Cortisol Blocker & Weight Loss

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The adrenal cortex, a gland located just behind the kidney, produces cortisol, a hormone that helps control blood sugar and blood pressure. When the body needs fuel to cope with stress, cortisol converts proteins to glucose, a sugar that can turn into fat. Some manufacturers of weight loss drugs maintain that cortisol produced by psychological stress causes people to gain weight. Block cortisol and lose weight, they say. The truth is more complicated.

Cortisol basics

When psychological stress causes cortisol levels to increase in your system, so does the amount of glucose, a blood sugar. Unused glucose is stored as fat. The logic seems straightforward: blocking cortisol should help people lose weight. Is this true? Yes and no. It's true that the adrenal cortex of people who suffer from Cushing’s Syndrome, a hormonal disorder, produces huge amounts of cortisol, causing them to gain weight in their faces, trunks, and abdomens. But there's a catch to the claim that cortisol blockers can cause people to lose weight. Psychological stress doesn’t produce nearly enough cortisol to cause fat deposits. Wellness expert Dr. Andrew Weil says cortisol in amounts high enough to cause fat deposits can only be produced as the side effect of some medicines or by Cushing’s Syndrome. Dr. Weil cites Dr. Seymour Reichlin, an endocrinologist and retired research professor at the University of Arizona, who says no scientific studies have proven that the amount of cortisol produced by healthy people is large enough to end up as fat deposits.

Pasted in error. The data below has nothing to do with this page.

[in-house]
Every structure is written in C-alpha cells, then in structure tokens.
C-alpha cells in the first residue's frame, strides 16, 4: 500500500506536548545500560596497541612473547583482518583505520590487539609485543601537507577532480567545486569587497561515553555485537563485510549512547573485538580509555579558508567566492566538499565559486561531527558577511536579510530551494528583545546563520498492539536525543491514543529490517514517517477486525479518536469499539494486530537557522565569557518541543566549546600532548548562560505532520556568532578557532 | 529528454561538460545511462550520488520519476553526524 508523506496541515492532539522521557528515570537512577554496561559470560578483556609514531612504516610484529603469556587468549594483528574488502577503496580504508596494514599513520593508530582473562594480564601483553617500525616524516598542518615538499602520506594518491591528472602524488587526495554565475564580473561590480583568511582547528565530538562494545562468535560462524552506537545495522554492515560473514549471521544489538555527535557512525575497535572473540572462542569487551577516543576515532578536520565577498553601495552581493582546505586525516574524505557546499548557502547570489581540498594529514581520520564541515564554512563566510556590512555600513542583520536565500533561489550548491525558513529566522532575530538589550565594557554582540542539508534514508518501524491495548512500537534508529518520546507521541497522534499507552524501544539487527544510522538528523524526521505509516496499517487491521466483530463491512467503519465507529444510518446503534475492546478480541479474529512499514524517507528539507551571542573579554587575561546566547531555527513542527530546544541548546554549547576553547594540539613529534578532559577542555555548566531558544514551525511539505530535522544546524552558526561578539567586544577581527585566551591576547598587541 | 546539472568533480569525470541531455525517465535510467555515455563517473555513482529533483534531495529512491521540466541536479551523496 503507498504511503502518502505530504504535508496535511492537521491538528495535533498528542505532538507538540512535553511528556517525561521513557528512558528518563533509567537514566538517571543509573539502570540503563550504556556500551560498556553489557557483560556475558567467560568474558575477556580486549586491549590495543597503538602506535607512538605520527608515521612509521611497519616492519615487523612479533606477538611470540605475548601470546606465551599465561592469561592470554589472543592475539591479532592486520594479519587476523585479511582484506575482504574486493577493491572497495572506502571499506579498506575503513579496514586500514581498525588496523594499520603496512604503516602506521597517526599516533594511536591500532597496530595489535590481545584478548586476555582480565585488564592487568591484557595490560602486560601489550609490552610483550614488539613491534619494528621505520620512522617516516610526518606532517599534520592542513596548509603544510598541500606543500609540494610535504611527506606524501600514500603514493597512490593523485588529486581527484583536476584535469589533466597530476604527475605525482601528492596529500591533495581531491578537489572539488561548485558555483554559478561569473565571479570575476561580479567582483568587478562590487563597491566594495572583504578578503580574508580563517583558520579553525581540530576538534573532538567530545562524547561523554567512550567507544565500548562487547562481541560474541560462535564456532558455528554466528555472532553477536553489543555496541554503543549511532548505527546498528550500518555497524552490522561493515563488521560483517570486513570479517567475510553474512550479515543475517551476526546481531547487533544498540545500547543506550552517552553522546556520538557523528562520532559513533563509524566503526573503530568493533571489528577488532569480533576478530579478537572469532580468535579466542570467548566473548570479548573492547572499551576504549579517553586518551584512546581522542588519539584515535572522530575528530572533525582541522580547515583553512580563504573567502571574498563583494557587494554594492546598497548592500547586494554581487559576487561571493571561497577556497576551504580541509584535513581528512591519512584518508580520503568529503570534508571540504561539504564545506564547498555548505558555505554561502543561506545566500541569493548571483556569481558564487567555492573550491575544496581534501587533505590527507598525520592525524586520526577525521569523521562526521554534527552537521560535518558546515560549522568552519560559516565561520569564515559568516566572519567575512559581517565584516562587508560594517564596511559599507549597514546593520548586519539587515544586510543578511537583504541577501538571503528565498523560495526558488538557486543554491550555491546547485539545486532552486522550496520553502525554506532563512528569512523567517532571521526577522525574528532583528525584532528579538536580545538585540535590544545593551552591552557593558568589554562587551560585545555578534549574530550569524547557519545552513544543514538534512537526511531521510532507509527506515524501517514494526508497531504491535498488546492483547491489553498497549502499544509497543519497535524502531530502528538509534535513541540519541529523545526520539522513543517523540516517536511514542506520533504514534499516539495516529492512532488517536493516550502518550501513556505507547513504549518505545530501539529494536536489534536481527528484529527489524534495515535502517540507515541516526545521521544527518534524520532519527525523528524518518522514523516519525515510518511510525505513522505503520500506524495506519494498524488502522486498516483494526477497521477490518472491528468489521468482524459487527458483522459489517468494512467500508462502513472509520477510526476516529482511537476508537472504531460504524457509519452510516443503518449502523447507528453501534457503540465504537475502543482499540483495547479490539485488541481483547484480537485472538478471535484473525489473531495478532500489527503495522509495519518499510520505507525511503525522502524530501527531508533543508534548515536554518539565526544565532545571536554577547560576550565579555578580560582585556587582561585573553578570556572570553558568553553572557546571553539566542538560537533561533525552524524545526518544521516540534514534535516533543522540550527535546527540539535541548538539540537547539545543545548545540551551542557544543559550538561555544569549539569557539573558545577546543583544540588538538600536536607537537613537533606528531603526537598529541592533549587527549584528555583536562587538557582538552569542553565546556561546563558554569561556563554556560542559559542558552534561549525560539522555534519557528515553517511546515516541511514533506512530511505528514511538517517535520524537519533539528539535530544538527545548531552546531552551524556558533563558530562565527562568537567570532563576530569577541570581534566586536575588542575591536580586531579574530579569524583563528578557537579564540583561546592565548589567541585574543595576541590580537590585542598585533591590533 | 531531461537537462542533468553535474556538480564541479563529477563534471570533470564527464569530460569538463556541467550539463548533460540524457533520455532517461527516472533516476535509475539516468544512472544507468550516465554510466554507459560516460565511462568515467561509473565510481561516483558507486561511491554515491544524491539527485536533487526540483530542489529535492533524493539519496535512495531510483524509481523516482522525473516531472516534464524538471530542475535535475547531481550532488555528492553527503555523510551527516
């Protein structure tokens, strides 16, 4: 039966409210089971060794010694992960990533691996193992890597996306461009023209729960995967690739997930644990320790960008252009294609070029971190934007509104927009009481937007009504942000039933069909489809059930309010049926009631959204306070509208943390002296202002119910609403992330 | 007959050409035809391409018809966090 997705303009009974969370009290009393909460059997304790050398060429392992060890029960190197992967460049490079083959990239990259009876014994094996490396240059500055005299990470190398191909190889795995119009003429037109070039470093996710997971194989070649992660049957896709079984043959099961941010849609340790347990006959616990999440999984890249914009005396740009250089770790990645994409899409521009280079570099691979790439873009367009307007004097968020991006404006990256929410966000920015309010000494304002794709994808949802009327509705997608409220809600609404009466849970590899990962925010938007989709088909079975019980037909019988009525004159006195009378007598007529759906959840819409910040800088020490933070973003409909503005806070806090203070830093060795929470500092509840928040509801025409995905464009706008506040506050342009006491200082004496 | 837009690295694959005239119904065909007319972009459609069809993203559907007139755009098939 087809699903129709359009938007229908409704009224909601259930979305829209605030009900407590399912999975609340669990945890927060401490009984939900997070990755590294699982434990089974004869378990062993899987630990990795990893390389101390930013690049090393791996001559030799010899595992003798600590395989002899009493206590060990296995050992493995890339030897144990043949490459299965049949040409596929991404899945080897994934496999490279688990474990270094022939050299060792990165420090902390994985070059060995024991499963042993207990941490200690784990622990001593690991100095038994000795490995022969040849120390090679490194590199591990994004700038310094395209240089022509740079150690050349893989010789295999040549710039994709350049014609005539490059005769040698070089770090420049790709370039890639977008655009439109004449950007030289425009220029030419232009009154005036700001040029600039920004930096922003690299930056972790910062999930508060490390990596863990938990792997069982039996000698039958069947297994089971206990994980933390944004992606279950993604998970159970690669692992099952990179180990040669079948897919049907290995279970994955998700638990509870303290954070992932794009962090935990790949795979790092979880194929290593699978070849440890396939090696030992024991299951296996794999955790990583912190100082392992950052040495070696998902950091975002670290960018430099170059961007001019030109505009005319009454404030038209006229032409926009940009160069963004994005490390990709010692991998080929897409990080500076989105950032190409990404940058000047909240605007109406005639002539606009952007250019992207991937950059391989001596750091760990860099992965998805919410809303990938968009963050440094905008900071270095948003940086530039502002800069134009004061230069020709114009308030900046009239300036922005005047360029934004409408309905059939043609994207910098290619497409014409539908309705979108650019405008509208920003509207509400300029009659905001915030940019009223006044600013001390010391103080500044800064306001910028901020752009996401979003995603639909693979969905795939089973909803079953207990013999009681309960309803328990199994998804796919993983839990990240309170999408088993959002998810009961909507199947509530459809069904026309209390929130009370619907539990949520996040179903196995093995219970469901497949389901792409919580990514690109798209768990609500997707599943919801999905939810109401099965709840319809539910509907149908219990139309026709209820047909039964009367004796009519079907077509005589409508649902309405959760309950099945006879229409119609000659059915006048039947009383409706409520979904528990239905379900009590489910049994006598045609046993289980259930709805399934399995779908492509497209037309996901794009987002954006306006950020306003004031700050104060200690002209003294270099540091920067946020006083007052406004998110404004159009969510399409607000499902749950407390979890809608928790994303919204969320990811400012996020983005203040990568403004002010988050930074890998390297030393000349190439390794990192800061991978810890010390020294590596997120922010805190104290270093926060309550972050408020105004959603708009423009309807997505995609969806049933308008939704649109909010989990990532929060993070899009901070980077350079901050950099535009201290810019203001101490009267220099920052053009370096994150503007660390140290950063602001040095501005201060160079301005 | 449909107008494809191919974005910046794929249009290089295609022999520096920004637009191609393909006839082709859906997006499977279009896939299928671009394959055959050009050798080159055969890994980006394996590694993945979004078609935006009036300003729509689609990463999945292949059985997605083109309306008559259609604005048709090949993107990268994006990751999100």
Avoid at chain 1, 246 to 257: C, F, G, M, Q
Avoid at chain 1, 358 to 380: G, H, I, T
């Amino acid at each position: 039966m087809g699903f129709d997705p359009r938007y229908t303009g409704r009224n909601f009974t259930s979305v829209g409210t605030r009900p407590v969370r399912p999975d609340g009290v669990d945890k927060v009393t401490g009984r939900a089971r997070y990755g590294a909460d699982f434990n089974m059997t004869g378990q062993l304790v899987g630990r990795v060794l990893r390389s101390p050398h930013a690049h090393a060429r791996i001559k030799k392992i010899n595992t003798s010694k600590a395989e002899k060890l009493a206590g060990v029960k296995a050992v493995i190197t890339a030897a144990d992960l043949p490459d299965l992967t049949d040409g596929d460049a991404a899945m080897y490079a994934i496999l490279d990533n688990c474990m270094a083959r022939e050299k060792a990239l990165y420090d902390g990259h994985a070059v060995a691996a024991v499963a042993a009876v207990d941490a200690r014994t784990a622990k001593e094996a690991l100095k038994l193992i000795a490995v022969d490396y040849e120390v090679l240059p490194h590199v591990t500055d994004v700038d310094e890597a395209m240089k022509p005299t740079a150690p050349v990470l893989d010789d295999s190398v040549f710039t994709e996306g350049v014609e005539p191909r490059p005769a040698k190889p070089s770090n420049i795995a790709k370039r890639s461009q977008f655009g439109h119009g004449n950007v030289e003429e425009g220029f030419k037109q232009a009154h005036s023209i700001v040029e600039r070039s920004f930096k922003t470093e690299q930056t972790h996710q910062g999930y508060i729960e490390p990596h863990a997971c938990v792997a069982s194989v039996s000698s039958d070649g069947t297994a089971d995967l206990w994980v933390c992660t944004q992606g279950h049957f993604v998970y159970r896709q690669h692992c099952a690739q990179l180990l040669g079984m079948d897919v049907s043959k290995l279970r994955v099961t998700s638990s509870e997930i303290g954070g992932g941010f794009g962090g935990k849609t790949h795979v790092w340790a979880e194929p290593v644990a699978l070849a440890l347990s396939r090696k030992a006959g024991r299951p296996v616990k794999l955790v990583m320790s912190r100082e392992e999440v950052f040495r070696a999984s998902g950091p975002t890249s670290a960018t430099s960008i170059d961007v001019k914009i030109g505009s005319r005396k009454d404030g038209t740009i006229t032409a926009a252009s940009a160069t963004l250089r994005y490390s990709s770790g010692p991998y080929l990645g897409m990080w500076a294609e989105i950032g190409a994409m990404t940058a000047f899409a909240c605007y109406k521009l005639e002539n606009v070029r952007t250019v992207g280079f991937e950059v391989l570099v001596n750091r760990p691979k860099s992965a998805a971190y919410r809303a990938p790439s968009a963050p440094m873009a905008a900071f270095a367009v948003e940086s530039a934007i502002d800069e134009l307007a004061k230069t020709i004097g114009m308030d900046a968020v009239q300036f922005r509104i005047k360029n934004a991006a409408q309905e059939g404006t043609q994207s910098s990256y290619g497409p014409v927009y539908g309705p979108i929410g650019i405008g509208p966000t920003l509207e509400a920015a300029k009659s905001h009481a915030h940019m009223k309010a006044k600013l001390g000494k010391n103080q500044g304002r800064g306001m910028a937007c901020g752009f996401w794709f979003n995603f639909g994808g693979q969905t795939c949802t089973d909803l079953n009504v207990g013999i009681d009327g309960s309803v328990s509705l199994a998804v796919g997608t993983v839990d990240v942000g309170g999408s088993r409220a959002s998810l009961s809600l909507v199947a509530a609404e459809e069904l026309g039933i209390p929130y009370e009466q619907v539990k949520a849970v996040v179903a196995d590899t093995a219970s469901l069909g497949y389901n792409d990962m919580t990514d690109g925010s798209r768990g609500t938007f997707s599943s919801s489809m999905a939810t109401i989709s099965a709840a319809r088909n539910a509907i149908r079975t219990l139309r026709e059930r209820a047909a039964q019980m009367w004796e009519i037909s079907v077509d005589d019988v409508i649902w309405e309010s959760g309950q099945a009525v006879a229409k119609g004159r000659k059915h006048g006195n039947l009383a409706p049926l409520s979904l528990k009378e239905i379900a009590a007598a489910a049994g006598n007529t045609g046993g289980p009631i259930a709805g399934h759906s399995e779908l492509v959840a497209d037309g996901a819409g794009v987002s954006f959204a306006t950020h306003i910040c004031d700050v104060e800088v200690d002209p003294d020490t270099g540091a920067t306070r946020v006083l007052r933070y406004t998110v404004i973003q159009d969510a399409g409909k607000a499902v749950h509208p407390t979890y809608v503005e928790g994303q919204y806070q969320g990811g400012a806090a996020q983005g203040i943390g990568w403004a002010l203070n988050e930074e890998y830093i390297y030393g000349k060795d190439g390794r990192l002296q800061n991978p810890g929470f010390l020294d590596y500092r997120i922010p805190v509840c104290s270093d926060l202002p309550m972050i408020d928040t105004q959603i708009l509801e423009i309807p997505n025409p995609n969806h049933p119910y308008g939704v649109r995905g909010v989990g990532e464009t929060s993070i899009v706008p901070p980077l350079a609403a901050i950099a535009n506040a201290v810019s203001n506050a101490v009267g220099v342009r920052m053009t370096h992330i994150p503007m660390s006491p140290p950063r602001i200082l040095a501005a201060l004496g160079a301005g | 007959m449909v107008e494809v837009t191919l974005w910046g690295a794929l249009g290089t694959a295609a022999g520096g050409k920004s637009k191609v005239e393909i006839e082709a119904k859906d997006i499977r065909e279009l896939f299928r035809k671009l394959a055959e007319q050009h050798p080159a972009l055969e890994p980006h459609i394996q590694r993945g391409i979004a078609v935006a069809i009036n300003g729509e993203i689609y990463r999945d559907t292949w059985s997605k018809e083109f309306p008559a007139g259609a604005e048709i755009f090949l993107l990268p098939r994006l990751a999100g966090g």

Are cortisol blockers good diet drugs?

Georgiahealthinfo, a health service in Georgia, says no reliable evidence exists that so-called “cortisol blockers” actually block cortisol, or if they do, that they help people lose weight. In 2007, the Federal Trade Commission charged the manufacturers of two popular brands of cortisol blockers with making false and unsubstantiated claims that their products can help people lose weight. The companies were forced to refund millions of dollars to consumers and were prevented from making weight loss claims.

Drugs and weight loss

Katerine Zeratsky, a nutritionist at the Mayo Clinic, reminds us there are no magic drugs to help people lose weight. If high levels of cortisol caused by stress do play a role in losing weight, the best way to reduce them is to reduce stress through proven methods such as meditation and yoga. The best way to lose weight remains eating less, choosing foods that are low in sugars and fat, and by exercising.

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